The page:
I'm Chris Orris, currently an underemployed public relations professional working as a cashier at a liquor store. Though I work, I use my off-time to work with the Suburban Chicago chapter of the Public Relations Society of America.
On Tuesday I was fortunate enough to attend a presentation by a woman named Cheryl Procter-Rogers, a renowned PR pro who has been very successful in advocacy and is more than partially responsible for funding being restored to the MAP grant in 2009. If you aren't already aware, the MAP grant was and is a major source of funding for underprivileged students attending college. About 20% of DePaul university students, where Cheryl was employed, depended on the grant to stay in school.
During Cheryl's presentation, I got an idea. She mentioned how part of what the school did to change the minds of legislatures was to actively get students to write letters to the politicians, telling them of their situation and why it was in the state's best interest to reinstate the grants.
Of course, writing letters to politicians is kind of a no-brainer. Of course that should be done! But what struck me as being really awesome is how she set specific goals and how lots of letters were written in a short amount of time. I forget the exact numbers, but she found out about how many letters the legislatures got on a given day and got students to send in (I think) ten times that number (or something of around that order of magnitude).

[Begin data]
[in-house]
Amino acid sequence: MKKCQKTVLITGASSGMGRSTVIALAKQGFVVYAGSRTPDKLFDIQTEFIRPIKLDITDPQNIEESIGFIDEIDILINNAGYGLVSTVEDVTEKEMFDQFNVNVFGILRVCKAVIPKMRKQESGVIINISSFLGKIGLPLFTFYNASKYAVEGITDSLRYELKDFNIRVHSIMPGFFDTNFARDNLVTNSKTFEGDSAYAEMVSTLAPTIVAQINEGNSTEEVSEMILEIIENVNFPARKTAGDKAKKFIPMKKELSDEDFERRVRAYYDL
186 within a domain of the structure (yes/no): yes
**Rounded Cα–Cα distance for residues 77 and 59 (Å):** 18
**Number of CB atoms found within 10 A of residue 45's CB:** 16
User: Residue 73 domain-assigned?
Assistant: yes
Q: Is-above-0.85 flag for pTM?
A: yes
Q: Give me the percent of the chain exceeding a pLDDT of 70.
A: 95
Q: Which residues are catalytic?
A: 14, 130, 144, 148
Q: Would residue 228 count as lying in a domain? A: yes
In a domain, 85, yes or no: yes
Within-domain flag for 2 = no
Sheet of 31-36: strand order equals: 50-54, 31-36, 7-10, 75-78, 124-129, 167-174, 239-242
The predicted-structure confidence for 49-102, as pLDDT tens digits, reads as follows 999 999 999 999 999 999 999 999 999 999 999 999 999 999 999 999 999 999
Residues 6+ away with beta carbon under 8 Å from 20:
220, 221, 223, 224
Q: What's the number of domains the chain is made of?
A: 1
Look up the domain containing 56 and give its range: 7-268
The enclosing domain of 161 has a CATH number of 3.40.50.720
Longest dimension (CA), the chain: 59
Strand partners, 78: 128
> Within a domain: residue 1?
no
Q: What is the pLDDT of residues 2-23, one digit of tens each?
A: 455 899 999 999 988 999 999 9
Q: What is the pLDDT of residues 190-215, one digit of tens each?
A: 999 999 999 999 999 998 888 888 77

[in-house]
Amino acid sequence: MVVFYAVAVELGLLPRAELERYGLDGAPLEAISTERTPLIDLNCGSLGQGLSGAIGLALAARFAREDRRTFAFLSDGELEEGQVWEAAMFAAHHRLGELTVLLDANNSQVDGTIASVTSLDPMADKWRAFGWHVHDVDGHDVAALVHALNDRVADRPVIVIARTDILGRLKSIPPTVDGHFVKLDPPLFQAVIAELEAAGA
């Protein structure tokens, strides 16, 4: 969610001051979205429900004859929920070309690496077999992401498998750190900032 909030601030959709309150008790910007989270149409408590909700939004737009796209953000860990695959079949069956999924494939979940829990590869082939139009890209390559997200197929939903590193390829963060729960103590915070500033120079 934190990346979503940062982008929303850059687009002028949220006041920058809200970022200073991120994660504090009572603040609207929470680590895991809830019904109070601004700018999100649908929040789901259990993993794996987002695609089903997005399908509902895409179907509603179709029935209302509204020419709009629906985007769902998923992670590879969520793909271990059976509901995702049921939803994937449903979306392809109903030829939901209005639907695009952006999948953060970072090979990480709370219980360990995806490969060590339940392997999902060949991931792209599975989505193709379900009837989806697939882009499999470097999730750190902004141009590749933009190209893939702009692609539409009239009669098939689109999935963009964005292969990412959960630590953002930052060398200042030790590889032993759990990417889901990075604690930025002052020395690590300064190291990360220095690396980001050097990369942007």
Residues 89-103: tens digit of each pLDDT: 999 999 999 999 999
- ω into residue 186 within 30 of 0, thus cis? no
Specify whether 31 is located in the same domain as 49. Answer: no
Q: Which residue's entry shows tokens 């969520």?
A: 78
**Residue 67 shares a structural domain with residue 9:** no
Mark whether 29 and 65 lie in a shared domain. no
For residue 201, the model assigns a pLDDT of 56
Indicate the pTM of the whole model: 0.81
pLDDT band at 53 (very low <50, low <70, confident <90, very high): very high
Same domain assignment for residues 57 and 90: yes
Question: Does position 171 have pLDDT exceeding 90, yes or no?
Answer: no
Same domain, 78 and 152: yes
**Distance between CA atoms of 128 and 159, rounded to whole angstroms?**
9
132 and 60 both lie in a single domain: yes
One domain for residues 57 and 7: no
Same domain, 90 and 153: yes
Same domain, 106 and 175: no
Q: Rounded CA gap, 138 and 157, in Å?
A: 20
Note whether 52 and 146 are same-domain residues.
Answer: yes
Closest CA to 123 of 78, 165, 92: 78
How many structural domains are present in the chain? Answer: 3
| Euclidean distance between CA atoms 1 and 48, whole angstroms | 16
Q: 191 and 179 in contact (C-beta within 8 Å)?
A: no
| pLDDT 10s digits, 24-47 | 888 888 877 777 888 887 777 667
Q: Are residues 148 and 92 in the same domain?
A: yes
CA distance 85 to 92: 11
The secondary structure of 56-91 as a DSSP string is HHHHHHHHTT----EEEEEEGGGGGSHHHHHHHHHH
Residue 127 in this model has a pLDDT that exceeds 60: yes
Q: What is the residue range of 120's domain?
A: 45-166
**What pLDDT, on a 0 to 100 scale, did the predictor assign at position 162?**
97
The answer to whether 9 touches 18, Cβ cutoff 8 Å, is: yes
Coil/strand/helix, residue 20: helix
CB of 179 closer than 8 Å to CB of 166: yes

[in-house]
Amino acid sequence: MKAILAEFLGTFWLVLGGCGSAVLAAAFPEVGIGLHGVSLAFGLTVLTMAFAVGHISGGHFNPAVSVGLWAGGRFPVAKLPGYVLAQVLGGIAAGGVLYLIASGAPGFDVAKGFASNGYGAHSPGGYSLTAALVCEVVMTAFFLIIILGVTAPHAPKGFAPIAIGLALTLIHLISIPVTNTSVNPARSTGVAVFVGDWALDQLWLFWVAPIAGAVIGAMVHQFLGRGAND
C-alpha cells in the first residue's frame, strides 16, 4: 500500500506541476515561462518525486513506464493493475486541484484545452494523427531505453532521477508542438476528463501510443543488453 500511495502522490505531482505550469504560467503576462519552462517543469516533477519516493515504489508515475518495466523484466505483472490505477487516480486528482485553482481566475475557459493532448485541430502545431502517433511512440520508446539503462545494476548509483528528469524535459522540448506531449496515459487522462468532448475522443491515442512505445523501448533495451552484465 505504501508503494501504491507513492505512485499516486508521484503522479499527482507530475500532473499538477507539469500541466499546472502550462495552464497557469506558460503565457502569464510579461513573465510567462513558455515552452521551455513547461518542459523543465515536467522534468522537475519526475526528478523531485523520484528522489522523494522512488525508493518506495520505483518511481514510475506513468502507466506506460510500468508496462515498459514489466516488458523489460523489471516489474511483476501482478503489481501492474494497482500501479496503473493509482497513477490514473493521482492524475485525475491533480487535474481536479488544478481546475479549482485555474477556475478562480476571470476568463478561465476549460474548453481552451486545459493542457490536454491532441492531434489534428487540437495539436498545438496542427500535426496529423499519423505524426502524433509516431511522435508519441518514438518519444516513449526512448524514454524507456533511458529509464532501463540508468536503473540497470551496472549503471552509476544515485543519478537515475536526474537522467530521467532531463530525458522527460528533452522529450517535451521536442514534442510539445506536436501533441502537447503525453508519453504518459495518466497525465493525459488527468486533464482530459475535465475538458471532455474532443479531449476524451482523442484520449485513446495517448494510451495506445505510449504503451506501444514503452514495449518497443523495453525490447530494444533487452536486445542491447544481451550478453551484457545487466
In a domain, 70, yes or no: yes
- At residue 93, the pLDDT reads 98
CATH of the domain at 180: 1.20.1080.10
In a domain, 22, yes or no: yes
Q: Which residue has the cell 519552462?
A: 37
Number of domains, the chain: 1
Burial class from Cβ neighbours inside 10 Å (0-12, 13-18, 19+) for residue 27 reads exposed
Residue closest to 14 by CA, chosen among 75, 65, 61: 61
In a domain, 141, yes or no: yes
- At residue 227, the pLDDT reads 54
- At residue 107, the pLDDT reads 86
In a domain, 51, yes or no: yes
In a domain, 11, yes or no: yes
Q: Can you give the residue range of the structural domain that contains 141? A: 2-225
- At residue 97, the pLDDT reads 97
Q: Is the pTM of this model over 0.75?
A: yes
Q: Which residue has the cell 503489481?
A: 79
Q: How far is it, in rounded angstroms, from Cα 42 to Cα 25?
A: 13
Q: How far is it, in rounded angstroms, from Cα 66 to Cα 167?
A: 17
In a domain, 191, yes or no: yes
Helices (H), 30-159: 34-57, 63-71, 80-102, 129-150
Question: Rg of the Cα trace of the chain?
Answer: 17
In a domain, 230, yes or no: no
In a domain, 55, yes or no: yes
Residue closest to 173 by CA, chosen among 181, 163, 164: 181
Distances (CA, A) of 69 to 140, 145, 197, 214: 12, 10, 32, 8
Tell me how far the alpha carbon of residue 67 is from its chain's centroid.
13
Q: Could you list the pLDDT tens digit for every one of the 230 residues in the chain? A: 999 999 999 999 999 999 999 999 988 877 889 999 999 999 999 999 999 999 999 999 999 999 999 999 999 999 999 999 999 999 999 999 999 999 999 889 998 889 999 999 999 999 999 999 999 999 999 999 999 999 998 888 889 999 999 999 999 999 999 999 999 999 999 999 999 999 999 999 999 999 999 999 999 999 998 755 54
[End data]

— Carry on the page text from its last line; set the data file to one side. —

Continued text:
So that made me think of the Occupy movement. I'm sure with the increased awareness the movement has caused, politicians have seen a bit of an increase in the letters they're receiving over the past few months. But that's not very overwhelming; not visually, not mentally. What is needed is for the people in charge to be blasted with these letters and emails all at once, from everywhere.
What if Occupy Chicago, and hopefully Occupy movements elsewhere, organized a specific day when everyone associated with the movement got out and wrote a letter to a designated politician? We could pick a day, say, hypothetically, December 24, and promote the hell out of it. We would make sure that if you only spent one day with Occupy Chicago (or hopefully wherever) it would be THAT DAY. In the meantime, we would stockpile stationery and postage materials and come up with key points to be addressed in the letters.
With word-of-mouth, social media and media relations, you could hopefully get letters to the big names from not only all the Occupiers, but everyone who supports the movement in some way. On that day, the designated politicians would be completely overwhelmed with letters asking them to limit corporate campaign contributions, get rid of tax breaks for the rich, and pay better attention to the 99 percent. With so many emails, the government would virtually be shut down and forced to pay attention.
I think it could be pretty special. What do you think? Please let me know if you want to discuss this further. If you think this could work out, I would also put forth as much effort as possible to make it happen.
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